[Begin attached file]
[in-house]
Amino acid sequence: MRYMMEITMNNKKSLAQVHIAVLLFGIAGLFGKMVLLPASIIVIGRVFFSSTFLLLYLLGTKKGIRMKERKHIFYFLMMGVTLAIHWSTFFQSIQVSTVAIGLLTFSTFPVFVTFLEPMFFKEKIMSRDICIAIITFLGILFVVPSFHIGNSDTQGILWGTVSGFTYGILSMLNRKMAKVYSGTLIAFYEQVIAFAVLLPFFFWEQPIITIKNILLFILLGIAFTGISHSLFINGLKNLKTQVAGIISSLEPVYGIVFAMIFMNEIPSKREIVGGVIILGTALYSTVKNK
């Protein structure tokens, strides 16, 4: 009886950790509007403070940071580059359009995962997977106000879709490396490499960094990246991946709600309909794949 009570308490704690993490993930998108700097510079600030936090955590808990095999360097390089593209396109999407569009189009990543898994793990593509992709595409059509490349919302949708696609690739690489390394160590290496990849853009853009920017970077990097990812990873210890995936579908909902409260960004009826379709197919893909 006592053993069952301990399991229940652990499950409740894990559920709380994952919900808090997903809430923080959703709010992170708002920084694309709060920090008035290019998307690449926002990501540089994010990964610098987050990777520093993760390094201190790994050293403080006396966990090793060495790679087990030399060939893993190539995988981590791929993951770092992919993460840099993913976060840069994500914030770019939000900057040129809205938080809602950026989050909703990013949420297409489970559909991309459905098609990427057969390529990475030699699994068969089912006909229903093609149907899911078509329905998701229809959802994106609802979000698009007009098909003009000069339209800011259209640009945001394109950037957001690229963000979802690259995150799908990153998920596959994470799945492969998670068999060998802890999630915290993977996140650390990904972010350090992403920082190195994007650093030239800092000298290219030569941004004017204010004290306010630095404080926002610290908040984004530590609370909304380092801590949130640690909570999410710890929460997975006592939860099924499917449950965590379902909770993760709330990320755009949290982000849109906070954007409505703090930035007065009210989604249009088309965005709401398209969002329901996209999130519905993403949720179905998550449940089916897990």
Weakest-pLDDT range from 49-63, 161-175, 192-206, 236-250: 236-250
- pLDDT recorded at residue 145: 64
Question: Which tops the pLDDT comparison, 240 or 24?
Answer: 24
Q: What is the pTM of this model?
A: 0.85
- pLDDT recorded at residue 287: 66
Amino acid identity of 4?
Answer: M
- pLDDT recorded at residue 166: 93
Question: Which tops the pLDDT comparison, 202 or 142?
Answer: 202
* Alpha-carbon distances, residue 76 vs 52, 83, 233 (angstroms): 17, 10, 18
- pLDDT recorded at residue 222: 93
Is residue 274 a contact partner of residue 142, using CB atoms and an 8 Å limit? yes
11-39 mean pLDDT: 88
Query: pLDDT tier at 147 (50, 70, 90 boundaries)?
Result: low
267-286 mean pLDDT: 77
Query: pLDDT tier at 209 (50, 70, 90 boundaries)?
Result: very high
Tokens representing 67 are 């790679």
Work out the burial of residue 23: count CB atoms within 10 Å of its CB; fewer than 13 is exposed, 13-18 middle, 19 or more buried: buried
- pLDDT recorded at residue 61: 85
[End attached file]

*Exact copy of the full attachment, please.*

[in-house]
Amino acid sequence: MRYMMEITMNNKKSLAQVHIAVLLFGIAGLFGKMVLLPASIIVIGRVFFSSTFLLLYLLGTKKGIRMKERKHIFYFLMMGVTLAIHWSTFFQSIQVSTVAIGLLTFSTFPVFVTFLEPMFFKEKIMSRDICIAIITFLGILFVVPSFHIGNSDTQGILWGTVSGFTYGILSMLNRKMAKVYSGTLIAFYEQVIAFAVLLPFFFWEQPIITIKNILLFILLGIAFTGISHSLFINGLKNLKTQVAGIISSLEPVYGIVFAMIFMNEIPSKREIVGGVIILGTALYSTVKNK
């Protein structure tokens, strides 16, 4: 009886950790509007403070940071580059359009995962997977106000879709490396490499960094990246991946709600309909794949 009570308490704690993490993930998108700097510079600030936090955590808990095999360097390089593209396109999407569009189009990543898994793990593509992709595409059509490349919302949708696609690739690489390394160590290496990849853009853009920017970077990097990812990873210890995936579908909902409260960004009826379709197919893909 006592053993069952301990399991229940652990499950409740894990559920709380994952919900808090997903809430923080959703709010992170708002920084694309709060920090008035290019998307690449926002990501540089994010990964610098987050990777520093993760390094201190790994050293403080006396966990090793060495790679087990030399060939893993190539995988981590791929993951770092992919993460840099993913976060840069994500914030770019939000900057040129809205938080809602950026989050909703990013949420297409489970559909991309459905098609990427057969390529990475030699699994068969089912006909229903093609149907899911078509329905998701229809959802994106609802979000698009007009098909003009000069339209800011259209640009945001394109950037957001690229963000979802690259995150799908990153998920596959994470799945492969998670068999060998802890999630915290993977996140650390990904972010350090992403920082190195994007650093030239800092000298290219030569941004004017204010004290306010630095404080926002610290908040984004530590609370909304380092801590949130640690909570999410710890929460997975006592939860099924499917449950965590379902909770993760709330990320755009949290982000849109906070954007409505703090930035007065009210989604249009088309965005709401398209969002329901996209999130519905993403949720179905998550449940089916897990």
Weakest-pLDDT range from 49-63, 161-175, 192-206, 236-250: 236-250
- pLDDT recorded at residue 145: 64
Question: Which tops the pLDDT comparison, 240 or 24?
Answer: 24
Q: What is the pTM of this model?
A: 0.85
- pLDDT recorded at residue 287: 66
Amino acid identity of 4?
Answer: M
- pLDDT recorded at residue 166: 93
Question: Which tops the pLDDT comparison, 202 or 142?
Answer: 202
* Alpha-carbon distances, residue 76 vs 52, 83, 233 (angstroms): 17, 10, 18
- pLDDT recorded at residue 222: 93
Is residue 274 a contact partner of residue 142, using CB atoms and an 8 Å limit? yes
11-39 mean pLDDT: 88
Query: pLDDT tier at 147 (50, 70, 90 boundaries)?
Result: low
267-286 mean pLDDT: 77
Query: pLDDT tier at 209 (50, 70, 90 boundaries)?
Result: very high
Tokens representing 67 are 């790679």
Work out the burial of residue 23: count CB atoms within 10 Å of its CB; fewer than 13 is exposed, 13-18 middle, 19 or more buried: buried
- pLDDT recorded at residue 61: 85